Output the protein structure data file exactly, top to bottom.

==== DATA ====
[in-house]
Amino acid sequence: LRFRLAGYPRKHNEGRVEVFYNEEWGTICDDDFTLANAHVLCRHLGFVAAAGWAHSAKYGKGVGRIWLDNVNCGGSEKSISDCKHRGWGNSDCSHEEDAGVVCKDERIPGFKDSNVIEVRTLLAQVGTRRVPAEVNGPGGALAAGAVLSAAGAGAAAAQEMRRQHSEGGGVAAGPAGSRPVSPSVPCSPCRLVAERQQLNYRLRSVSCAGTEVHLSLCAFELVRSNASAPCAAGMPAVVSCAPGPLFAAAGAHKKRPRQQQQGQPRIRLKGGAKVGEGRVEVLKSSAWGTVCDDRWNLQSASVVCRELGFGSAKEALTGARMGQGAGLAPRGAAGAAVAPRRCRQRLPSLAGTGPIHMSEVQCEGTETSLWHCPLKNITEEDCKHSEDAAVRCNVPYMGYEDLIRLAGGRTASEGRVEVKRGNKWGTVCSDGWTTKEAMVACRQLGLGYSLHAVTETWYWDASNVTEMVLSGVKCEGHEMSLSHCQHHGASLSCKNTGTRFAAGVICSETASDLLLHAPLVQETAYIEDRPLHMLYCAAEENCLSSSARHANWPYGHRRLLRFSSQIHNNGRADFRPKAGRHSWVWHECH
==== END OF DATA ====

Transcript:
[in-house]
Amino acid sequence: LRFRLAGYPRKHNEGRVEVFYNEEWGTICDDDFTLANAHVLCRHLGFVAAAGWAHSAKYGKGVGRIWLDNVNCGGSEKSISDCKHRGWGNSDCSHEEDAGVVCKDERIPGFKDSNVIEVRTLLAQVGTRRVPAEVNGPGGALAAGAVLSAAGAGAAAAQEMRRQHSEGGGVAAGPAGSRPVSPSVPCSPCRLVAERQQLNYRLRSVSCAGTEVHLSLCAFELVRSNASAPCAAGMPAVVSCAPGPLFAAAGAHKKRPRQQQQGQPRIRLKGGAKVGEGRVEVLKSSAWGTVCDDRWNLQSASVVCRELGFGSAKEALTGARMGQGAGLAPRGAAGAAVAPRRCRQRLPSLAGTGPIHMSEVQCEGTETSLWHCPLKNITEEDCKHSEDAAVRCNVPYMGYEDLIRLAGGRTASEGRVEVKRGNKWGTVCSDGWTTKEAMVACRQLGLGYSLHAVTETWYWDASNVTEMVLSGVKCEGHEMSLSHCQHHGASLSCKNTGTRFAAGVICSETASDLLLHAPLVQETAYIEDRPLHMLYCAAEENCLSSSARHANWPYGHRRLLRFSSQIHNNGRADFRPKAGRHSWVWHECH